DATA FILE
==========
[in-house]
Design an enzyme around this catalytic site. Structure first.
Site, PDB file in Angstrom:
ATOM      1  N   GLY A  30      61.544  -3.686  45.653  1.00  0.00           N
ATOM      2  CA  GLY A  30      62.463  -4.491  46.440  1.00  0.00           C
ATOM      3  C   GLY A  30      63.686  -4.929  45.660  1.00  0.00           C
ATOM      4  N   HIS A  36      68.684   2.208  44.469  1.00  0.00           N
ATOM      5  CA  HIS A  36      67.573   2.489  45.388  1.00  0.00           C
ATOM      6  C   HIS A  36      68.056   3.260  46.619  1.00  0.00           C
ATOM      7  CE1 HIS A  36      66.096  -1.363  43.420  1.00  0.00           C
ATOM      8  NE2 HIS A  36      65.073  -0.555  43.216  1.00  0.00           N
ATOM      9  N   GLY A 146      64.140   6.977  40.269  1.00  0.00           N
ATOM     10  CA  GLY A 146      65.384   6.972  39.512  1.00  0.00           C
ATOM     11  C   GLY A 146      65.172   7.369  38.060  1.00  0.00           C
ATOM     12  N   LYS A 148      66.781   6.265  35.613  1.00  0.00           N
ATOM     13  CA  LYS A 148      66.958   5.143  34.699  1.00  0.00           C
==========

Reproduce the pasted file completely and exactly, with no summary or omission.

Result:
[in-house]
Design an enzyme around this catalytic site. Structure first.
Site, PDB file in Angstrom:
ATOM      1  N   GLY A  30      61.544  -3.686  45.653  1.00  0.00           N
ATOM      2  CA  GLY A  30      62.463  -4.491  46.440  1.00  0.00           C
ATOM      3  C   GLY A  30      63.686  -4.929  45.660  1.00  0.00           C
ATOM      4  N   HIS A  36      68.684   2.208  44.469  1.00  0.00           N
ATOM      5  CA  HIS A  36      67.573   2.489  45.388  1.00  0.00           C
ATOM      6  C   HIS A  36      68.056   3.260  46.619  1.00  0.00           C
ATOM      7  CE1 HIS A  36      66.096  -1.363  43.420  1.00  0.00           C
ATOM      8  NE2 HIS A  36      65.073  -0.555  43.216  1.00  0.00           N
ATOM      9  N   GLY A 146      64.140   6.977  40.269  1.00  0.00           N
ATOM     10  CA  GLY A 146      65.384   6.972  39.512  1.00  0.00           C
ATOM     11  C   GLY A 146      65.172   7.369  38.060  1.00  0.00           C
ATOM     12  N   LYS A 148      66.781   6.265  35.613  1.00  0.00           N
ATOM     13  CA  LYS A 148      66.958   5.143  34.699  1.00  0.00           C